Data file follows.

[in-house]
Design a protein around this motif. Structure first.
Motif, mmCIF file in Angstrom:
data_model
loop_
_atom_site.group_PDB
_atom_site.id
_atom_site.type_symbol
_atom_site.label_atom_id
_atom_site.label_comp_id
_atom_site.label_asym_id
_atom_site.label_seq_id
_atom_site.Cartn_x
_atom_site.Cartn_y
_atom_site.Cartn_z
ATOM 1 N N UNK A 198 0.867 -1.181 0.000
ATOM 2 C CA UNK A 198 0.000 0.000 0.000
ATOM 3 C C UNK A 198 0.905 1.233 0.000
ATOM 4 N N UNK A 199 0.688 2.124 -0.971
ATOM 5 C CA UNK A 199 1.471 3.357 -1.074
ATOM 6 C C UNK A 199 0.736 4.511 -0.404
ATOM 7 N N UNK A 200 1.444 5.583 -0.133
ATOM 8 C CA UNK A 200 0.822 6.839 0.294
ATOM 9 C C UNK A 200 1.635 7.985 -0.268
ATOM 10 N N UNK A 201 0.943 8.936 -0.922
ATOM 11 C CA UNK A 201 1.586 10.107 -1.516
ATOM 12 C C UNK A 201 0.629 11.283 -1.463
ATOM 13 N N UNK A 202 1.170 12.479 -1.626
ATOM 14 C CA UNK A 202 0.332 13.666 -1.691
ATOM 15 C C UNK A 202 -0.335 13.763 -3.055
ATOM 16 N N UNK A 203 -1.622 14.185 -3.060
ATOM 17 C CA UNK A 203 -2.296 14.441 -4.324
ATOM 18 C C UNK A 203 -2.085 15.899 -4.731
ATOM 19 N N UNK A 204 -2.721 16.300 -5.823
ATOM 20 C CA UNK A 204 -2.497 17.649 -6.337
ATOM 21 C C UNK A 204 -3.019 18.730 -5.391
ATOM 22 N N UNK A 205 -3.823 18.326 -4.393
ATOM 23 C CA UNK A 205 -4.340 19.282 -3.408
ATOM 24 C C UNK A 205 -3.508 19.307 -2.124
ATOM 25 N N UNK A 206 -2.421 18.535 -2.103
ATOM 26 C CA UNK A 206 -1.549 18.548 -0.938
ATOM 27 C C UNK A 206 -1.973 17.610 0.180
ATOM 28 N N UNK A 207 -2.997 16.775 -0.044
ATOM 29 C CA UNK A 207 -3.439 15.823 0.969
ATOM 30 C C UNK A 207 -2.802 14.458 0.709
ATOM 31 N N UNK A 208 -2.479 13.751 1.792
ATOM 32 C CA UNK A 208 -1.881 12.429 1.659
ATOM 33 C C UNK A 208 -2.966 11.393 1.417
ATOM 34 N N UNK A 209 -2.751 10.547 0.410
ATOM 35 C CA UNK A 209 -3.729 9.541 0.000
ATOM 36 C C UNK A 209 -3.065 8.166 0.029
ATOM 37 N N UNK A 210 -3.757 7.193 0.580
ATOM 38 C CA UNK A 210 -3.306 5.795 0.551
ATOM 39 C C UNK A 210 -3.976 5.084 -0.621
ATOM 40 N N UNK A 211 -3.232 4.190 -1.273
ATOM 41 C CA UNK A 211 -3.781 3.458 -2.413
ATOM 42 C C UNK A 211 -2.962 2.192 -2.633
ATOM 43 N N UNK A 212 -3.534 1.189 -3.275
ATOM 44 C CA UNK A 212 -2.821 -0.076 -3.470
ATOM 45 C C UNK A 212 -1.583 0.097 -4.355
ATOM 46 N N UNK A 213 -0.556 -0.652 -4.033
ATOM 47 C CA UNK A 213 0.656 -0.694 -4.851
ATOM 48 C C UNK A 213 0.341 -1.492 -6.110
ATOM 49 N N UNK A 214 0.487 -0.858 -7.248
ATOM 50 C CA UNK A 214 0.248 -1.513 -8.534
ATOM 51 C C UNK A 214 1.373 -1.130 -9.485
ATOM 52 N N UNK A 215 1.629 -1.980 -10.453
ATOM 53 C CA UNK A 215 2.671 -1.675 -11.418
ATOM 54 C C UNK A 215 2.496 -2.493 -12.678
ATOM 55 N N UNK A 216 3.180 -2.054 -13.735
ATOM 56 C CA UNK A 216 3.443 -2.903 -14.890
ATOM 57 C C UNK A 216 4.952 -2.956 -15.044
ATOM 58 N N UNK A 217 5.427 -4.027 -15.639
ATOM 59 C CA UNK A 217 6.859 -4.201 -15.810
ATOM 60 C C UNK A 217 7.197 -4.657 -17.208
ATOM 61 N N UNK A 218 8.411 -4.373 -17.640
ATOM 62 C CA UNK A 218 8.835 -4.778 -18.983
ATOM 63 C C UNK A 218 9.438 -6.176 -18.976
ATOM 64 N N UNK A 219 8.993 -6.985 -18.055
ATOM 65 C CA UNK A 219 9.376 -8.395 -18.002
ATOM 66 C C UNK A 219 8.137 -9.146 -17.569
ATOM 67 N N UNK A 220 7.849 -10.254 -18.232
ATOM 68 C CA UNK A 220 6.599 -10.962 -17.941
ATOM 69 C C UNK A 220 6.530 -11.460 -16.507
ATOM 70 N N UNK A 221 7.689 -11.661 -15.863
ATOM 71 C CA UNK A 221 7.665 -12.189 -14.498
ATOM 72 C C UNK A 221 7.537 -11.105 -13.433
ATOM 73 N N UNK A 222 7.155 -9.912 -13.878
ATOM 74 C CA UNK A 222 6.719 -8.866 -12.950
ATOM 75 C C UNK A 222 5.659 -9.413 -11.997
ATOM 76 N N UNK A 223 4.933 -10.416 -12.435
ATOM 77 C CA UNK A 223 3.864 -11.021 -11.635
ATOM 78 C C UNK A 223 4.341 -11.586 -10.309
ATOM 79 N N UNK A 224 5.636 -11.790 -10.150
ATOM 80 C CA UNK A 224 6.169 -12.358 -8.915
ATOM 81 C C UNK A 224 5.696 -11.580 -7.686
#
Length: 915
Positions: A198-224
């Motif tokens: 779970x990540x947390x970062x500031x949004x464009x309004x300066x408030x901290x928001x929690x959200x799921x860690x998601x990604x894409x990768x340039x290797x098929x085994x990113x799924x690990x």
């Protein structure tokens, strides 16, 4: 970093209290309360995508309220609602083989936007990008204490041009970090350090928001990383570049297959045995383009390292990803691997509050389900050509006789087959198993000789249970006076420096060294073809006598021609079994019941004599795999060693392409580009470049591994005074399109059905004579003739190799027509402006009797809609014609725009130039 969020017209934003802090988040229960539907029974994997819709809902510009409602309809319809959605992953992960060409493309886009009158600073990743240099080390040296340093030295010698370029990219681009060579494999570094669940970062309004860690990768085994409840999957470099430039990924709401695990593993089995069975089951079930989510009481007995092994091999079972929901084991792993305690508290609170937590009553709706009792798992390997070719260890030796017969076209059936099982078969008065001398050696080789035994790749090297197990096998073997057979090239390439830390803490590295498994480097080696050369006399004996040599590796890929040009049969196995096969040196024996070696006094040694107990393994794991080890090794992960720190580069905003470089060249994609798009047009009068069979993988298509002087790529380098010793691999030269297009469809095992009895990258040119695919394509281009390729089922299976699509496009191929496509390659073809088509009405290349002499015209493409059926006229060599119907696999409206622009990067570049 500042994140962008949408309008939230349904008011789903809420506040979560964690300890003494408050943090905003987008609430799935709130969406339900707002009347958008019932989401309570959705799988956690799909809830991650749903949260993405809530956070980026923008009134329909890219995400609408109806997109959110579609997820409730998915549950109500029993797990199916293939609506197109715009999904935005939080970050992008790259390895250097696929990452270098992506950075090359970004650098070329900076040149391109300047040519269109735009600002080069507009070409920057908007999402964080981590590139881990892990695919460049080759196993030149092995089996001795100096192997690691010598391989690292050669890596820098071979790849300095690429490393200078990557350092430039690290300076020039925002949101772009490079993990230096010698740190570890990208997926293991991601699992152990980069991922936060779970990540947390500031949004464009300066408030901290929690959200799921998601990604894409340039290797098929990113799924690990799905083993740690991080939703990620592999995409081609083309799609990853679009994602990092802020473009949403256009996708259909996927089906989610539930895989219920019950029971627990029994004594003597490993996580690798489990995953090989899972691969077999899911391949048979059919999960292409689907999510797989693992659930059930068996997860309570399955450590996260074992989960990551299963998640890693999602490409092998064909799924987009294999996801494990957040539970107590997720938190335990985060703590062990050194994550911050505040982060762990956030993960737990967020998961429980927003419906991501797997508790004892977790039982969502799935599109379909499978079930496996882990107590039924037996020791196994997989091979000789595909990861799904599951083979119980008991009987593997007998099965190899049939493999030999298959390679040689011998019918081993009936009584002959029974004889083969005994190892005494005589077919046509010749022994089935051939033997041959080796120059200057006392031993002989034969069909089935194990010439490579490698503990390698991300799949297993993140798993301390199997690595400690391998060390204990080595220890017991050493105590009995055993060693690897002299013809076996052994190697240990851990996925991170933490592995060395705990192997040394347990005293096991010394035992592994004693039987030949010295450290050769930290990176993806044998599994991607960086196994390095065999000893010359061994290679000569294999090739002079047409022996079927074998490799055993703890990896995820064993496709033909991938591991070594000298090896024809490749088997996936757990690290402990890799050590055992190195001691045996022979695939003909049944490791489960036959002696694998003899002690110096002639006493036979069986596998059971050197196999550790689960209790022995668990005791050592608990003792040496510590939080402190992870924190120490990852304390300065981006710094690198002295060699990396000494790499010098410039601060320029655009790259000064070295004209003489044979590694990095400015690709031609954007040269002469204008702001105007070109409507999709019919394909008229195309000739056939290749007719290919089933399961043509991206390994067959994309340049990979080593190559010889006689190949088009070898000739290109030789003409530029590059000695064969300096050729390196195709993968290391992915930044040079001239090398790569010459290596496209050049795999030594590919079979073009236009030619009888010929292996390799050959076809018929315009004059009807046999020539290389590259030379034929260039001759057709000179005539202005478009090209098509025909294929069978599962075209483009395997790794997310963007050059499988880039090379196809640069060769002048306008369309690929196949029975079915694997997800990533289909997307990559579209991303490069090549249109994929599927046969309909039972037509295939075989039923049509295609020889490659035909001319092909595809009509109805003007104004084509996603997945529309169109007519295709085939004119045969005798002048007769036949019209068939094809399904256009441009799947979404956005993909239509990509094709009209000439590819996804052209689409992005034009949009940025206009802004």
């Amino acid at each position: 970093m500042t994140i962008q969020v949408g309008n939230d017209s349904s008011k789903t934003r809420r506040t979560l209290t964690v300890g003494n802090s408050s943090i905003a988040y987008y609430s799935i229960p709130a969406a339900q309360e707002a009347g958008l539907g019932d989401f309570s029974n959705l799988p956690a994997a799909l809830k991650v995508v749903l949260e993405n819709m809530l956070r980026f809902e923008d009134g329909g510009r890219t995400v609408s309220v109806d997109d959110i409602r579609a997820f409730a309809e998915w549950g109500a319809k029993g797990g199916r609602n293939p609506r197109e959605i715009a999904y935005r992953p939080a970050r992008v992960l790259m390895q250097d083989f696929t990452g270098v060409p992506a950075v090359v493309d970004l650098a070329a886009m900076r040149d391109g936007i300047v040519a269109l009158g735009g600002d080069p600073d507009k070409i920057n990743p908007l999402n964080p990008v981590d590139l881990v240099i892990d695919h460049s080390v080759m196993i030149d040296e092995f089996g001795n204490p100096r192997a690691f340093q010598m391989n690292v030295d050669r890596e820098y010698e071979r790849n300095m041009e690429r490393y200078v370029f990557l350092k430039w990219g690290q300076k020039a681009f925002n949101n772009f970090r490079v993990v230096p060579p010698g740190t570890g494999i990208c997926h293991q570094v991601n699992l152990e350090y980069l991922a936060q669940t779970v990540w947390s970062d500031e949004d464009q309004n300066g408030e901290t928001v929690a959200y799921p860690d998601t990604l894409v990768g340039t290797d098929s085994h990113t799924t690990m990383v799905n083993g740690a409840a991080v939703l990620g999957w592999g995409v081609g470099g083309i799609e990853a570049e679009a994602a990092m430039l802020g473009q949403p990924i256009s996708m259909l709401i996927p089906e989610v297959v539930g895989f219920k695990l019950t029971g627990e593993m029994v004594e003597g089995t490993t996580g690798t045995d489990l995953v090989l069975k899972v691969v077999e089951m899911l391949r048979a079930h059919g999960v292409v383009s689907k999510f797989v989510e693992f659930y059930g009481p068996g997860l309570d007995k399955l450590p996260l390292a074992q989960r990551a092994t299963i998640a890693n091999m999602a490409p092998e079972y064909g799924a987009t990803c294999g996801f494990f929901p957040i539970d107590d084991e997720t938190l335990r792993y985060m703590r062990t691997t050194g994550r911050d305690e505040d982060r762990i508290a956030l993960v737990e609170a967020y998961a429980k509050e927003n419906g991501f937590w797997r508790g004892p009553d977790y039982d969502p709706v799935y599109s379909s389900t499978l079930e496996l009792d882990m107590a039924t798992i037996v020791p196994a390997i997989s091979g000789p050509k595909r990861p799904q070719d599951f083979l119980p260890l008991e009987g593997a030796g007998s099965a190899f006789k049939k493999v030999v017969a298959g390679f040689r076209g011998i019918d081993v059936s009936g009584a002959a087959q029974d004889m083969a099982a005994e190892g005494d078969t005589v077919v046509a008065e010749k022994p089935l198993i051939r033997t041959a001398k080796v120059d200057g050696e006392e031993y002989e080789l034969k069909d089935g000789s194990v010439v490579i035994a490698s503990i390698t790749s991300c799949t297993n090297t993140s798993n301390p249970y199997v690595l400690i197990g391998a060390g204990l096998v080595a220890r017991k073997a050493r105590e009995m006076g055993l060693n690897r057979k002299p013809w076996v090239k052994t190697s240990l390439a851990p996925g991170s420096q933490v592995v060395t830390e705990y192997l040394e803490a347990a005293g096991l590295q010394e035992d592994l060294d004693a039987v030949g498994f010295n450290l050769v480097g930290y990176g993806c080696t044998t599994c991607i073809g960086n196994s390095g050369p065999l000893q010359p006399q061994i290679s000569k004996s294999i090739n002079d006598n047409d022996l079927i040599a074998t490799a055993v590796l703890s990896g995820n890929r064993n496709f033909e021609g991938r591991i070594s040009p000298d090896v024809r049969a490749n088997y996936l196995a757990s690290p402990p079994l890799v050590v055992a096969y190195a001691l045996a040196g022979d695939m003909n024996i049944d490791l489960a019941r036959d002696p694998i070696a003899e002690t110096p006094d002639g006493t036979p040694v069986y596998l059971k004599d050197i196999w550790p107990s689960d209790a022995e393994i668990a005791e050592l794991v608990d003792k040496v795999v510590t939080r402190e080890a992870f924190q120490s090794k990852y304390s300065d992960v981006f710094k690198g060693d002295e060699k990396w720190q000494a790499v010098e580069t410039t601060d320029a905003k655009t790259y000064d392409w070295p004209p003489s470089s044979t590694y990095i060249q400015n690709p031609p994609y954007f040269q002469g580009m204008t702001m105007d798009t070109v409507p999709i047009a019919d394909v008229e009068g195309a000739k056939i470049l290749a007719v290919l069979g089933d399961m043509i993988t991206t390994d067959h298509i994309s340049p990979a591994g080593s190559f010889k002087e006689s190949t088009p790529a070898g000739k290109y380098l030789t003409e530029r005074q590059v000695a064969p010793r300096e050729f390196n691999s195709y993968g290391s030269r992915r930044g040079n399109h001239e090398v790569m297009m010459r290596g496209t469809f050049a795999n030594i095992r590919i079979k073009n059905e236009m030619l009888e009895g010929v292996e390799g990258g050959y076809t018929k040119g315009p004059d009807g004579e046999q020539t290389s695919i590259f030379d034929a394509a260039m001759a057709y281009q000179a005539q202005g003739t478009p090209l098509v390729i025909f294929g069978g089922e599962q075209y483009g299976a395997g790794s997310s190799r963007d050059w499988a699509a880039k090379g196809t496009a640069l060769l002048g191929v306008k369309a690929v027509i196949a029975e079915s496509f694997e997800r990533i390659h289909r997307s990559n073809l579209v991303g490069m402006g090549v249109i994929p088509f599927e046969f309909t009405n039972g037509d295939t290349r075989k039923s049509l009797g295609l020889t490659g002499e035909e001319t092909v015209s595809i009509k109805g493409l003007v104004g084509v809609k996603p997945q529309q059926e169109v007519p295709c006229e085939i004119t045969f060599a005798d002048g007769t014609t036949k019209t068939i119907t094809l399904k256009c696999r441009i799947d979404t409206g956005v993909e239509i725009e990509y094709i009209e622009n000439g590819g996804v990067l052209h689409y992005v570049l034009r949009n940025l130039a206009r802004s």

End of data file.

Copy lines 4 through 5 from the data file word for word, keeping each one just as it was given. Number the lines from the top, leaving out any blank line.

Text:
data_model
loop_